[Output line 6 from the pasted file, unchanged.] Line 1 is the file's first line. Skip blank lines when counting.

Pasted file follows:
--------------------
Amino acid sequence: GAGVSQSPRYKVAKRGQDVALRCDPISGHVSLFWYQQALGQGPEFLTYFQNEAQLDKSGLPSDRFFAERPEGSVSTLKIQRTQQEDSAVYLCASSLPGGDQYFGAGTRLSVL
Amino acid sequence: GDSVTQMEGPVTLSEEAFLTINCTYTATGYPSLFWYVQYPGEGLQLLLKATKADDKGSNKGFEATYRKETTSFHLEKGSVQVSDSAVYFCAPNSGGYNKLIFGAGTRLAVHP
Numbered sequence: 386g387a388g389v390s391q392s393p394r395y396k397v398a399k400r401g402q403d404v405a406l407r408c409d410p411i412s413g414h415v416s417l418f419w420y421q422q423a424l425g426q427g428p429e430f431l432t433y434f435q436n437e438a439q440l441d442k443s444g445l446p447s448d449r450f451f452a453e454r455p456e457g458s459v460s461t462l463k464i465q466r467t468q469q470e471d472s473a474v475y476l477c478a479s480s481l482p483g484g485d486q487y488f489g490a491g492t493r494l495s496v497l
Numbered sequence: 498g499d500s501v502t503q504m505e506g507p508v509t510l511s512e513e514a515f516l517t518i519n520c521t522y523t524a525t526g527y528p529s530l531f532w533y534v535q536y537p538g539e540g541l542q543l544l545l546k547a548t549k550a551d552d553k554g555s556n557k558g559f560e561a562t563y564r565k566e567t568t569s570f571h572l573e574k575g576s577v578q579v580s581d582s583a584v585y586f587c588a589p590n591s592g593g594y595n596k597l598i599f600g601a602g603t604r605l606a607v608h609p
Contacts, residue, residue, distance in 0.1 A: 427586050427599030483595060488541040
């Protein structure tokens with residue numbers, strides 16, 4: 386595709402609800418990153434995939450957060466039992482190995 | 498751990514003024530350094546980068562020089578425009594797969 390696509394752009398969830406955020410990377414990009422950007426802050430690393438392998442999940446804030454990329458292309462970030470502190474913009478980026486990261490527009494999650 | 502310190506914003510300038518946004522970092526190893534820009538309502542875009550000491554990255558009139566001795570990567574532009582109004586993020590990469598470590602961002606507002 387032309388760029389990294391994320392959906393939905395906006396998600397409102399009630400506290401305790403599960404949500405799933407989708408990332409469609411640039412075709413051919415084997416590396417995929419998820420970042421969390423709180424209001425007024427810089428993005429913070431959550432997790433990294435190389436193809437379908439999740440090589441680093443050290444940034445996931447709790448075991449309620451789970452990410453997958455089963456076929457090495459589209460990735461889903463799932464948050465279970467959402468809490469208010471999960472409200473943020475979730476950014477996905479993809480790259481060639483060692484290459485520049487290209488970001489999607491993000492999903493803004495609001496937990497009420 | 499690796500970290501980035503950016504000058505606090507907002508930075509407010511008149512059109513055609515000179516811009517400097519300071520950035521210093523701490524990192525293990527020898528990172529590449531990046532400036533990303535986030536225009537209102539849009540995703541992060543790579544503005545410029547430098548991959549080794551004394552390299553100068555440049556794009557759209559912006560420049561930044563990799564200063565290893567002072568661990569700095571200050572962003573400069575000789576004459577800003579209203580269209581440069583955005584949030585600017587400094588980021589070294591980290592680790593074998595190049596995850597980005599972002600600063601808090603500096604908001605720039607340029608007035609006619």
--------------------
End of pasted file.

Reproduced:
């Protein structure tokens with residue numbers, strides 16, 4: 386595709402609800418990153434995939450957060466039992482190995 | 498751990514003024530350094546980068562020089578425009594797969 390696509394752009398969830406955020410990377414990009422950007426802050430690393438392998442999940446804030454990329458292309462970030470502190474913009478980026486990261490527009494999650 | 502310190506914003510300038518946004522970092526190893534820009538309502542875009550000491554990255558009139566001795570990567574532009582109004586993020590990469598470590602961002606507002 387032309388760029389990294391994320392959906393939905395906006396998600397409102399009630400506290401305790403599960404949500405799933407989708408990332409469609411640039412075709413051919415084997416590396417995929419998820420970042421969390423709180424209001425007024427810089428993005429913070431959550432997790433990294435190389436193809437379908439999740440090589441680093443050290444940034445996931447709790448075991449309620451789970452990410453997958455089963456076929457090495459589209460990735461889903463799932464948050465279970467959402468809490469208010471999960472409200473943020475979730476950014477996905479993809480790259481060639483060692484290459485520049487290209488970001489999607491993000492999903493803004495609001496937990497009420 | 499690796500970290501980035503950016504000058505606090507907002508930075509407010511008149512059109513055609515000179516811009517400097519300071520950035521210093523701490524990192525293990527020898528990172529590449531990046532400036533990303535986030536225009537209102539849009540995703541992060543790579544503005545410029547430098548991959549080794551004394552390299553100068555440049556794009557759209559912006560420049561930044563990799564200063565290893567002072568661990569700095571200050572962003573400069575000789576004459577800003579209203580269209581440069583955005584949030585600017587400094588980021589070294591980290592680790593074998595190049596995850597980005599972002600600063601808090603500096604908001605720039607340029608007035609006619």